By placing their story in Hong Kong, following the First Opium War, the creators set out to work in as much real world elements, hoping for an emotional climax that stems from the confrontation of the characters' hopes and dreams against their cruel reality. This is a very peculiar place to set a story featuring an Immortal Weapon, in a way trying for the opposite effect when compared to the Fat Cobra issue. Unfortunately, Spears' story doesn't feature a new Capital city of Heaven at all, as the concept of Dog brother #1 seems completely tied up with the urban legends of Hong Kong's underworld. And while it works to propel the story, it makes it very unclear as to how the title character even ties to the concept of Immortal weapons, as established in the previous Iron Fist stories.

Still, taken on it's own, it does make for an emotional comic. Green II's wispy detailed figures strike an almost mathematical balance between the simple moments of hopeful conversation and the complicated chaos that separates the main characters' dreams from reality. Edward Bola's coloring works to give the story an added sense of urgency and atmosphere, always set on highlighting the penciller and inker's distinctive art style. This leads to perhaps the most visually innovative issue of the mini-series, which so far seems to happen with all of Timothy Green II's work.

In the end, the creators end up trying their best at telling a coming of age story in the confined space of an extended comic-book issue. While this might make for some simplifications, they only add up to the mythical dimensions their tale achieves in the end.

Interestingly, the fourth issue features the regular "Immortal Iron Fist" writer Duane Swiercynski extending his commitment above the back-up strip. Working on the main feature, spotlighting the Tiger's beautiful daughter is also Khari Evans, no stranger to the mythos, and actually one of the fill-in pencillers of the very first issue of the "Immortal weapons" mini-series.

Unsurprisingly, the writer uses his chance to really spotlight the character's origins and birthplace, setting all of his story on a different plane of existence. Unfortunately, this is exactly the reason why the story becomes one of the weakest entries in the series, albeit for some very peculiar reasons. Perhaps the writer felt slighted at the fact that the tale of Tiger's beautiful daughter stands full seven pages shorter than any of the main stories of her four fellow Immortal weapons. Or it just may be that he found little to relate to with this particular Brubaker/Fraction creation, but it's no excuse for turning in a surprisingly underdeveloped premise.

By placing most of his story on a particular event, Swierczynski obviously opted to make it very clear how the defining events of a future champion's life took place. Still, setting the tale in the distant past doesn't become a problem by itself, it's just that the basic idea behind it needed a lot more work to succeed in this particular form. And while the writer certainly lays in the necessary character work and some heavy foreshadowing, it's just that the big reveal still makes very little sense. Choosing to unravel a horrible secret hidden from an exotic civilization is always a hard proposition in a fantasy story. With Tiger's beautiful daughter, it certainly seems that the creative team decided to forgo spending more time on depicting the deep cultural implications realistically involved with a centuries' old civilization to center on a quick, character-oriented piece.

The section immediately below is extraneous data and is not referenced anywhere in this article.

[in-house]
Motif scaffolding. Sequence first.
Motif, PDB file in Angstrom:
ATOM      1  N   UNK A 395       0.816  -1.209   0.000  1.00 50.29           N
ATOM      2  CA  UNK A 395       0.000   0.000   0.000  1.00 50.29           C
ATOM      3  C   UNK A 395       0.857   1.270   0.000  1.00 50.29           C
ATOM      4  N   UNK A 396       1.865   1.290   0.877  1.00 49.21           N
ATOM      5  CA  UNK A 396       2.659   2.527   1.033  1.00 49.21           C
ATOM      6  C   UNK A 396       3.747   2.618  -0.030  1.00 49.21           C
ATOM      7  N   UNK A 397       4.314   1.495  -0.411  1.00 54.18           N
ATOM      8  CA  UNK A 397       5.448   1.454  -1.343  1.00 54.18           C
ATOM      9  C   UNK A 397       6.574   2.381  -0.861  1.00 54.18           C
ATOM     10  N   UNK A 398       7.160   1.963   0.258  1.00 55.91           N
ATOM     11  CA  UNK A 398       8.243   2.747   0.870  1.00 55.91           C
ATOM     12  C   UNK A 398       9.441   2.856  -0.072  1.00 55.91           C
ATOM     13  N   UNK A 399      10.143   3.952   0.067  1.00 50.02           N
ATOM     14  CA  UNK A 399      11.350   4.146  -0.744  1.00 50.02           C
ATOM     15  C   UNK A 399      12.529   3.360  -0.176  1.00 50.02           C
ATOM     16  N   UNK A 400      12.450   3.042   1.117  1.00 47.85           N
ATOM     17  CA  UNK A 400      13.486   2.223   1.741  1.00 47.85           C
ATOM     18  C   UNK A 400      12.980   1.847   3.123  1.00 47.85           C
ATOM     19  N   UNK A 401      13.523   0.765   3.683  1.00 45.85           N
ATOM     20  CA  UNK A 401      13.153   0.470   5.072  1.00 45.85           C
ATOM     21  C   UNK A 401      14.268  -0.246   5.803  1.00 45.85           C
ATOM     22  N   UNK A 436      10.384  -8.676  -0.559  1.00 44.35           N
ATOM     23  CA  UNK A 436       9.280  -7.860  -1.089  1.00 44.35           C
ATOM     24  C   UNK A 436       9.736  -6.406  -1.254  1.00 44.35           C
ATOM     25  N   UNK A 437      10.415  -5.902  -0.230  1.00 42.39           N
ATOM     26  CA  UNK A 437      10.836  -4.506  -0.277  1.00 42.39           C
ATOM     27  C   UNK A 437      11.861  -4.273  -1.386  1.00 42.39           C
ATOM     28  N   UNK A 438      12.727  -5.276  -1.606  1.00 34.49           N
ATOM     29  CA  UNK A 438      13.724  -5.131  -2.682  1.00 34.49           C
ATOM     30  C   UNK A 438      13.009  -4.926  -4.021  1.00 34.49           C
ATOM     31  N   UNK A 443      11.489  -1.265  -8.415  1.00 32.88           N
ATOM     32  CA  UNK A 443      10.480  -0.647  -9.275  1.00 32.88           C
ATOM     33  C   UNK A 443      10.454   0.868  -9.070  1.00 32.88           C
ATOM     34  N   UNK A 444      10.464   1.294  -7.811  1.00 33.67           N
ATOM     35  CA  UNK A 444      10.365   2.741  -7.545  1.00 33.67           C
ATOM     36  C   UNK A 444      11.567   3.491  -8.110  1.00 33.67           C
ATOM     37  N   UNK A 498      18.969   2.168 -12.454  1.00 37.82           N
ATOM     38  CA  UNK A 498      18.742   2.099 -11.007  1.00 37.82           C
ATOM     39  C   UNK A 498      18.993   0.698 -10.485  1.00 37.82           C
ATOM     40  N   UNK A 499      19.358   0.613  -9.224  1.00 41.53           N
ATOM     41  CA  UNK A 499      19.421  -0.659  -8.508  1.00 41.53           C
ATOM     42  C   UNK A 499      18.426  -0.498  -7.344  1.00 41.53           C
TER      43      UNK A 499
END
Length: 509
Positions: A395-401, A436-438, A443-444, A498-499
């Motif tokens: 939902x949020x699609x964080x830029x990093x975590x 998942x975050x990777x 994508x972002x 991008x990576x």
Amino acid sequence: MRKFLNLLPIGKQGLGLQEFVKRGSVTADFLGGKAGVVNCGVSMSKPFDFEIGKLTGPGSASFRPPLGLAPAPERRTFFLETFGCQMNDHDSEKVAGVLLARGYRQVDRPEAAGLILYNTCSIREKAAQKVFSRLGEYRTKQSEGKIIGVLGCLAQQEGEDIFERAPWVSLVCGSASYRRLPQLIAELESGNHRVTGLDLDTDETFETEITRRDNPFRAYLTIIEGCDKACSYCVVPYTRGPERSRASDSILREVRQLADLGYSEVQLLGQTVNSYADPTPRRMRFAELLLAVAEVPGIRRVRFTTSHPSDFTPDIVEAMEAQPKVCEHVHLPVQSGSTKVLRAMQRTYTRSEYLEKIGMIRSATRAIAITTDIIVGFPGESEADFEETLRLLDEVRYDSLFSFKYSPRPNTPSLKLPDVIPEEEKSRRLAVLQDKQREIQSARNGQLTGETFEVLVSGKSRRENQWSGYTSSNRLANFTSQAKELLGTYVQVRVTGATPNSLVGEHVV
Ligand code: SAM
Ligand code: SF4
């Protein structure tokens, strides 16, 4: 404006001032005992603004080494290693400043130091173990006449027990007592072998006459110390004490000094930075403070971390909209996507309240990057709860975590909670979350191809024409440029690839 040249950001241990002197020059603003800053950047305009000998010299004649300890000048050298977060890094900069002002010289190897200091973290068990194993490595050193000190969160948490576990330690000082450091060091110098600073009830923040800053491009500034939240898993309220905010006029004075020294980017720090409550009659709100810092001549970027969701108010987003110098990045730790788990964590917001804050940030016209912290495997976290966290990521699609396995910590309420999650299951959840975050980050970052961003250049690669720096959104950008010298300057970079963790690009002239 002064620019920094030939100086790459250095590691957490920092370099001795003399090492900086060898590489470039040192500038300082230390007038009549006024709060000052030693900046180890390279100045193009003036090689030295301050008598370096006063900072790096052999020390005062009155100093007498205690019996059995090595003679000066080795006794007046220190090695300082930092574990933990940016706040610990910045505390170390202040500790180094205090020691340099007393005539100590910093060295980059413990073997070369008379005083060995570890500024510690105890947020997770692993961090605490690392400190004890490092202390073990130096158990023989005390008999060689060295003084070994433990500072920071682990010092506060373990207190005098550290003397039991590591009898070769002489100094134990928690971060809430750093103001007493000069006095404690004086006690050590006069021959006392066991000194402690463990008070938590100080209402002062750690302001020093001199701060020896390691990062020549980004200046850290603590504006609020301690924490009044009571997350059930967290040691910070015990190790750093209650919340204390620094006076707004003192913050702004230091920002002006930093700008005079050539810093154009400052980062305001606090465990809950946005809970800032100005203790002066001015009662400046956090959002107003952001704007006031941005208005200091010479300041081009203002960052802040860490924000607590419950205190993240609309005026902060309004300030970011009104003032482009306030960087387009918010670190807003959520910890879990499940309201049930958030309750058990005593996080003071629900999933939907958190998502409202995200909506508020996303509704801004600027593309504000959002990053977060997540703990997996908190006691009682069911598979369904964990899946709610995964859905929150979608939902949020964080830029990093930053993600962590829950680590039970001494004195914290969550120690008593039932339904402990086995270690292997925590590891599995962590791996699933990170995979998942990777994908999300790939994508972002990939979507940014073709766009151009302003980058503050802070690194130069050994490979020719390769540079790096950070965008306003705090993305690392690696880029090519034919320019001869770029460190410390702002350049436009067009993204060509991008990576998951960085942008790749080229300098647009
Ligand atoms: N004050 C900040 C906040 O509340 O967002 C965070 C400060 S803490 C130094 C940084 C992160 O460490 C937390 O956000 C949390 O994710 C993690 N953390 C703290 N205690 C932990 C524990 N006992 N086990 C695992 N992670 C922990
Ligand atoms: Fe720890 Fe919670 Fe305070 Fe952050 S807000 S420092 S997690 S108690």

And even as such, it's hard to take the story seriously. Because, for all of the distinctive character work Khari Evans does with depicting the faces of the islanders, the book suffers from the typical problems with the depictions of females in mainstream comic books. Namely, and predictably, it settles for depicting the title character's famed duty in the constant state of near undress that is supposedly in keeping with her place at the start of the story. The problem is that, for all of her character arc, there is no real excuse for the bevy of familiar heavily poised work that has traditionally done a great disservice to the medium's wider acceptance. Moreover, it lends the book a feeling of a "Witchblade" clone, that the near constant lack of backgrounds only works to accentuate. Unfortunately, this also leads to the lack of any kind of distinctive ambiance to the otherworldly locales, that end up becoming little more then an abstractly rendered generic tropic paradise.

Taken as a whole, it could be even said that the story actively undermines the Tiger's beautiful daughter's potential by robbing her of whatever mystique she had, while saddling her with a very problematic back story in an issue that seems to under perform at all counts.

Finally, the series' last creative team end up being a combination of veteran David ("Stray bullets") Lapham, and Arturo Lozzi, once again a penciller/inker who helped out with the initial episode spotlighting Fat Cobra. They are tasked to spotlight Prince of orphans, ironically the only one of the Weapons that has actually been a subject of a special focus. Following the "Orson Randall and the green mist of death", that extensively featured John Aman, a reworking of the Golden Age character of Amazing-Man.

For their credit, the creators present a perfectly serviceable kung fu comic, that might have worked seamlessly as a fill-in in the "Immortal Iron fist" ongoing series. Interestingly, Lapham decides to use the Iron Fist himself as the reader identification figure, perhaps to preserve some of Prince of orphans' spectre-like intrigue. Interestingly, the superhero version of Danny Rand he writes at the beginning of the comic is much more in tune with the classical take on the character. Ignoring his appearances in New Avengers, Lapham initially has his wise-cracking Iron Fist teamed up with Power Man. By having the New York based Danny travel to China by plane the story's tone actively clashes with the current version of the character, that is very much in keeping with the Orient of pulp traditions.

Truthfully, all of the script guidance Lapham gives his penciller seems so iconic that it appears somewhat simplistic compared to the regular series' particular well-research blend of fiction and mythology. Interestingly, none of this hinders Lozzi, who turns out page after page of well-rendered and richly detailed adventure comics. In fact, aided by June Chung's effective coloring, his work takes a particularly special sheen that makes the last issue in the mini-series somehow most fitting when judged by traditional standards of superhero comic book art.